the first perforated line holding the ballot card relative to the planar support card and thereby relative to the ballot book, the first perforated line holding the ballot card's markable voting response locations in alignment with the ballot book's corresponding ballot pointer indicia during marking, and the first perforated line releasing the ballot card for tabulation after marking.
2. The integrated ballot assembly of claim 1 wherein the planar support card comprises:
a mounting portion;
a covering portion; and
a second perforated line that releasably connects the covering portion to a right edge of the mounting portion,
the ballot book being connected to a top surface of the mounting portion, and
the second perforated line holding the covering portion and ballot card connected thereto by the first perforated line during marking, and releasing the covering portion and ballot card connected thereto by the first perforated line after marking,
the covering portion being foldable over and also separable from the ballot card about the first perforated line after marking.
3. The integrated ballot assembly of claim 1 wherein each markable voter response location designates an area within which a voter may make a voting response location by applying a mark to a surface of the ballot card.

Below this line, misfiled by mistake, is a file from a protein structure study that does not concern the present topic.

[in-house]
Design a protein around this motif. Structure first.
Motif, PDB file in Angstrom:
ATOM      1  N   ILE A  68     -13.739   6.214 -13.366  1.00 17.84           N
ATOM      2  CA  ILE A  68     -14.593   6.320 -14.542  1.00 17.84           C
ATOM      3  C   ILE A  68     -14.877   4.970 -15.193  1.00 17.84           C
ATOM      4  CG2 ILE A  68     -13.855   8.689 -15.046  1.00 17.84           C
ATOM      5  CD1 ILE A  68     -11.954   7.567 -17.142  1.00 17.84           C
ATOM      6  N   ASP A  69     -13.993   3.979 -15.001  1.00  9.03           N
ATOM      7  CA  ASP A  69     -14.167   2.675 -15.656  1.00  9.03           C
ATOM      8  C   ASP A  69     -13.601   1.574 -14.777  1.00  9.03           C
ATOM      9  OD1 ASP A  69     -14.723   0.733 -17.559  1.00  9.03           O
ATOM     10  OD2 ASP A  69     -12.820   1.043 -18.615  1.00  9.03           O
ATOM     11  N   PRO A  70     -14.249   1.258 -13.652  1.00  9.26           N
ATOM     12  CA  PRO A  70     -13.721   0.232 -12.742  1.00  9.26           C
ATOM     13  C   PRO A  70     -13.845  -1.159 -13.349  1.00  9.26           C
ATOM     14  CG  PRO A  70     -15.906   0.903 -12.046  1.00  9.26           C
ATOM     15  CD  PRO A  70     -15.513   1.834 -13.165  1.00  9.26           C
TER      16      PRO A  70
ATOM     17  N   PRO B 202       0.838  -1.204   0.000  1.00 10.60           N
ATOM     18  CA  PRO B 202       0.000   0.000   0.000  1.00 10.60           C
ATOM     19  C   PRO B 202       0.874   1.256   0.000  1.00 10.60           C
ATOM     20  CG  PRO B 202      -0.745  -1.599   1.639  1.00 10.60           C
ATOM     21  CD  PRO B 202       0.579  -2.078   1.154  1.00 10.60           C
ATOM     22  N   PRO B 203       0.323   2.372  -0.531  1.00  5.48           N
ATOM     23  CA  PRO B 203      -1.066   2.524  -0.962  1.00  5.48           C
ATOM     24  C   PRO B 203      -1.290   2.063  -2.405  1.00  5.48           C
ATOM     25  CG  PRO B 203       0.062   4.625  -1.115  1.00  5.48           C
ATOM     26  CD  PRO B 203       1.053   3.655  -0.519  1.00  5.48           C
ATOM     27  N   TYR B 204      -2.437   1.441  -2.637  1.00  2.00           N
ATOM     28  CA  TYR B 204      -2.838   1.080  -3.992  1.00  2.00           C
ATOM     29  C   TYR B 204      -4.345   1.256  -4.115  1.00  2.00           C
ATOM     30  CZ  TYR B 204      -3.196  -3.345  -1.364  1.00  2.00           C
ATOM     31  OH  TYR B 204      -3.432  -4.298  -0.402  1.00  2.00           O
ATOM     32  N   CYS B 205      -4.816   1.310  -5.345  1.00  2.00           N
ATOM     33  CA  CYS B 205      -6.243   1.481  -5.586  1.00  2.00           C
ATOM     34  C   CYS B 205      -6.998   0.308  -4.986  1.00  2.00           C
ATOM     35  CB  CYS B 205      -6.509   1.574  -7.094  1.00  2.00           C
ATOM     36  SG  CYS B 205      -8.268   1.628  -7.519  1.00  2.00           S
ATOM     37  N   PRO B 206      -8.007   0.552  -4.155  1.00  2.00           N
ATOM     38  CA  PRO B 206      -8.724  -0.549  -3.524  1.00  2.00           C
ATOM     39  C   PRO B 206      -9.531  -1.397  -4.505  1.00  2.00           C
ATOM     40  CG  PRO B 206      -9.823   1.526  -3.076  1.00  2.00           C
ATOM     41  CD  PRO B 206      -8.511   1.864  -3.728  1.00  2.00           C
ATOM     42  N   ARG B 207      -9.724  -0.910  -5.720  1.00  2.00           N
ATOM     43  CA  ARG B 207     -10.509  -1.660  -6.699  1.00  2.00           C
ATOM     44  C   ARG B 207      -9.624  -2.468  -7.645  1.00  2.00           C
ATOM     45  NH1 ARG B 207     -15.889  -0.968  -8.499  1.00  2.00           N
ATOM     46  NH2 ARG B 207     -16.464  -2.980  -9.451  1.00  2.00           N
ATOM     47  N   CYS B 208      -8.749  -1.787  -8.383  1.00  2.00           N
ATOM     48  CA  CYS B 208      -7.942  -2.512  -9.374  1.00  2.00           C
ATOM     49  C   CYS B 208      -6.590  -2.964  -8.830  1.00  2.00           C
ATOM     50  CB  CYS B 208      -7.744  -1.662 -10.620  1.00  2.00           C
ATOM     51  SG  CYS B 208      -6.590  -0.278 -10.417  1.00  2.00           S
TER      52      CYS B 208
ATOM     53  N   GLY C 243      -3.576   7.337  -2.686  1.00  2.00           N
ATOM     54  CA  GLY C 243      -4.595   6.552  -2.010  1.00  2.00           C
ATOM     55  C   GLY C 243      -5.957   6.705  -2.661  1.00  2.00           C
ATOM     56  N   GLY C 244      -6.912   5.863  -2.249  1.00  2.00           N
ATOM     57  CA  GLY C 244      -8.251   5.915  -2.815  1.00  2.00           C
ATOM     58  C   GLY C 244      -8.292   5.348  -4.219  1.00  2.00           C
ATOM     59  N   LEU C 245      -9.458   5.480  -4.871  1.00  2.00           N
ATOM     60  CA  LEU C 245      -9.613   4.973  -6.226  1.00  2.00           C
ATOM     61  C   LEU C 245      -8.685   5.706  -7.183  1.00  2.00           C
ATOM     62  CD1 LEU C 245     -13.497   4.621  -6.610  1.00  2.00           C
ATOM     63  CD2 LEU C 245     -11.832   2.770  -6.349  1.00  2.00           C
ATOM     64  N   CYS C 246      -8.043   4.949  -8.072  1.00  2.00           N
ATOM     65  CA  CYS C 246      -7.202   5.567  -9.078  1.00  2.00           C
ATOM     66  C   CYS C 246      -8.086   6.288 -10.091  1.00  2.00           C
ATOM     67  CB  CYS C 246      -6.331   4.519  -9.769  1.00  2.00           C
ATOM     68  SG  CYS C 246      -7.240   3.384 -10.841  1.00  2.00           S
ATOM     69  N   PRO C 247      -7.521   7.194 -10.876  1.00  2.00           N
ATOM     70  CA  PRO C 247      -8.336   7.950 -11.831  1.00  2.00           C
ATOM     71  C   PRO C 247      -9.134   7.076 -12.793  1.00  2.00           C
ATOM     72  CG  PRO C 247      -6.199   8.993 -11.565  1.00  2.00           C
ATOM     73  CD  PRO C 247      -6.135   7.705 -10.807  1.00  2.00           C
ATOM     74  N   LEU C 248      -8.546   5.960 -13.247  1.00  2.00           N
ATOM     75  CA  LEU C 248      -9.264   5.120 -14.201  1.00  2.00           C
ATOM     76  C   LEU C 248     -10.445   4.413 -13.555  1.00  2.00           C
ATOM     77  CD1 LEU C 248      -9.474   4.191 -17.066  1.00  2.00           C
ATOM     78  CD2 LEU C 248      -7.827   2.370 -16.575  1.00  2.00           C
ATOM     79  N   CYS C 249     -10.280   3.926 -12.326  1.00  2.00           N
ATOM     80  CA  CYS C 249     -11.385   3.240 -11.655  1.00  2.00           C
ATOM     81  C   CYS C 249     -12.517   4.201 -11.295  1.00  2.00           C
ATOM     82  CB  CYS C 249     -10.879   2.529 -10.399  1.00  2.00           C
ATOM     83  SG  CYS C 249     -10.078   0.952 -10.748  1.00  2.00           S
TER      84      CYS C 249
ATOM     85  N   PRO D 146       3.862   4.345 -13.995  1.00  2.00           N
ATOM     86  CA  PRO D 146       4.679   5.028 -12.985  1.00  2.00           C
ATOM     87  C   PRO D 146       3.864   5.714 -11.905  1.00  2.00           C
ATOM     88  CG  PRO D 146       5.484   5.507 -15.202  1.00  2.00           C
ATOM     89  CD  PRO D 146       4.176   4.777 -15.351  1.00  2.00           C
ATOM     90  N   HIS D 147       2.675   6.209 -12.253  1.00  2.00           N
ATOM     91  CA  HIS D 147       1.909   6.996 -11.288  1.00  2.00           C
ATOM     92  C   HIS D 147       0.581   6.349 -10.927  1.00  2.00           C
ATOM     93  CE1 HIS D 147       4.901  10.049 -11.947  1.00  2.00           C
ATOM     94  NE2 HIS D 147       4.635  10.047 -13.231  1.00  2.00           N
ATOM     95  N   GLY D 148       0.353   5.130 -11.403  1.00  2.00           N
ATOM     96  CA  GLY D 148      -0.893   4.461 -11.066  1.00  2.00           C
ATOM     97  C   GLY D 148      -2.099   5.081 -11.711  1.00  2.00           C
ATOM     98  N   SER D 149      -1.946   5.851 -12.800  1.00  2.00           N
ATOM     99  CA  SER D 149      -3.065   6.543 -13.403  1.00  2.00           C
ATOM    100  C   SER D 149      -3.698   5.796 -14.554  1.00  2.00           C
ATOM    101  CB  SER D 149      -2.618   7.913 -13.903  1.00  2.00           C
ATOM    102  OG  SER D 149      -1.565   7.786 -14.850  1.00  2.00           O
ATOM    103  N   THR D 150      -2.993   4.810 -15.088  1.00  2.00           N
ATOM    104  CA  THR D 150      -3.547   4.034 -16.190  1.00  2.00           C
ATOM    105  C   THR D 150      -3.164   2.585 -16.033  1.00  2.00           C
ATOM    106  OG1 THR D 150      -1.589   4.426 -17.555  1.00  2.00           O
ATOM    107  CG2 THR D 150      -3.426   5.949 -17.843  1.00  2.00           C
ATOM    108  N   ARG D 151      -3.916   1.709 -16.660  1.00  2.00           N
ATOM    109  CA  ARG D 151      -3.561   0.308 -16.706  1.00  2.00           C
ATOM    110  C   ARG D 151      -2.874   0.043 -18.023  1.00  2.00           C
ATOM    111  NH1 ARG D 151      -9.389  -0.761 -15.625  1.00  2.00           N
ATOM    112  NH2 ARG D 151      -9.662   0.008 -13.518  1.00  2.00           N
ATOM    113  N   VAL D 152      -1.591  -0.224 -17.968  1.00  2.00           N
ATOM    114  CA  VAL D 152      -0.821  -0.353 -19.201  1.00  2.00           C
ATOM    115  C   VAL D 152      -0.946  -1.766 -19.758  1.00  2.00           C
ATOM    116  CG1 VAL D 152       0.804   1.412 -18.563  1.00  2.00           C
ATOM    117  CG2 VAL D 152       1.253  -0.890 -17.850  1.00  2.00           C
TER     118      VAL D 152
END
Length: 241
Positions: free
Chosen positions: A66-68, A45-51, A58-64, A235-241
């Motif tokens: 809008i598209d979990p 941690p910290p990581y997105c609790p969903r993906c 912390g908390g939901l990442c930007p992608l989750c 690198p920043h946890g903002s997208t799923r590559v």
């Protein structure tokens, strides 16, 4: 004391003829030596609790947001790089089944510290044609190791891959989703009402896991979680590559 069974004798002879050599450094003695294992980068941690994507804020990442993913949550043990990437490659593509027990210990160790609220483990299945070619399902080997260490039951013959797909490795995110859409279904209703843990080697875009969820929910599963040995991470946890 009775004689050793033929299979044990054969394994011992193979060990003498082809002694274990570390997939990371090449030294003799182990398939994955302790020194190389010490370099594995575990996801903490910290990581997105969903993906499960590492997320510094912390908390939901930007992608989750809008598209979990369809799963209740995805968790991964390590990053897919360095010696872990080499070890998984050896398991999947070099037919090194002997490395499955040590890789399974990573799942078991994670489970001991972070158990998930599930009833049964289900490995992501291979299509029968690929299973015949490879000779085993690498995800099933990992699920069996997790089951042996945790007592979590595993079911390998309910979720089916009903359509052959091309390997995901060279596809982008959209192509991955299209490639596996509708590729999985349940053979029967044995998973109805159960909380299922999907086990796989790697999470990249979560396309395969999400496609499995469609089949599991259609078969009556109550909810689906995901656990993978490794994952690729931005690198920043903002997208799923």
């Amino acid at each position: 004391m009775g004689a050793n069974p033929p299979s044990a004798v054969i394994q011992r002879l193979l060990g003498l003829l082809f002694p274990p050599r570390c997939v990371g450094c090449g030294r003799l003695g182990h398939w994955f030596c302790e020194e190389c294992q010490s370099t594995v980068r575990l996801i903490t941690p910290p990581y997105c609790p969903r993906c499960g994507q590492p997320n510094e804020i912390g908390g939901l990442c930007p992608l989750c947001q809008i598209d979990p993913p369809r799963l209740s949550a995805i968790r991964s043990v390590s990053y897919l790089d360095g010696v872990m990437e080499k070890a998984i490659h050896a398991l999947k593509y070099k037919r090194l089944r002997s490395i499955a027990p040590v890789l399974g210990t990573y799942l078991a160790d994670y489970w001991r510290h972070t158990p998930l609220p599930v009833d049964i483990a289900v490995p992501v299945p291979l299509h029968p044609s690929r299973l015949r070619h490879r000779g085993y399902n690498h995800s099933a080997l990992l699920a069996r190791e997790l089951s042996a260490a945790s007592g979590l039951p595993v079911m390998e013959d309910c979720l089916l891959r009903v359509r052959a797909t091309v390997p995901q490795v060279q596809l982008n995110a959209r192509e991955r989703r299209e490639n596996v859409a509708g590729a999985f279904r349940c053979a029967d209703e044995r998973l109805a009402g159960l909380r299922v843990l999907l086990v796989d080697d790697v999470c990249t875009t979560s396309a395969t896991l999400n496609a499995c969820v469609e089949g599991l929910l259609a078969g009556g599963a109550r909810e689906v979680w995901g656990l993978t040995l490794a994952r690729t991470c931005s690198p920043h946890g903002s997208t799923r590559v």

4. The integrated ballot assembly of claim 1 wherein each markable voter response location designates an area within which a voter may make a voting response location by removing a portion of the ballot card.
5. The integrated ballot assembly of claim 4 wherein the designated area is pre-punched.
6. The integrated ballot assembly of claim 1 wherein the ballot pointer indicia comprises printed arrows that are located at or near the right edge region of the voting information sheets.
7. The integrated ballot assembly of claim 1 wherein the ballot pointer indicia comprises apertures located at or near the right edge region of the voting information sheets.
8. The integrated ballot assembly of claim 1 wherein the informative indicia that describes the available voting options is textual.
9. The integrated ballot assembly of claim 8 wherein the informative indicia that is textual relates to voting in a governmental election.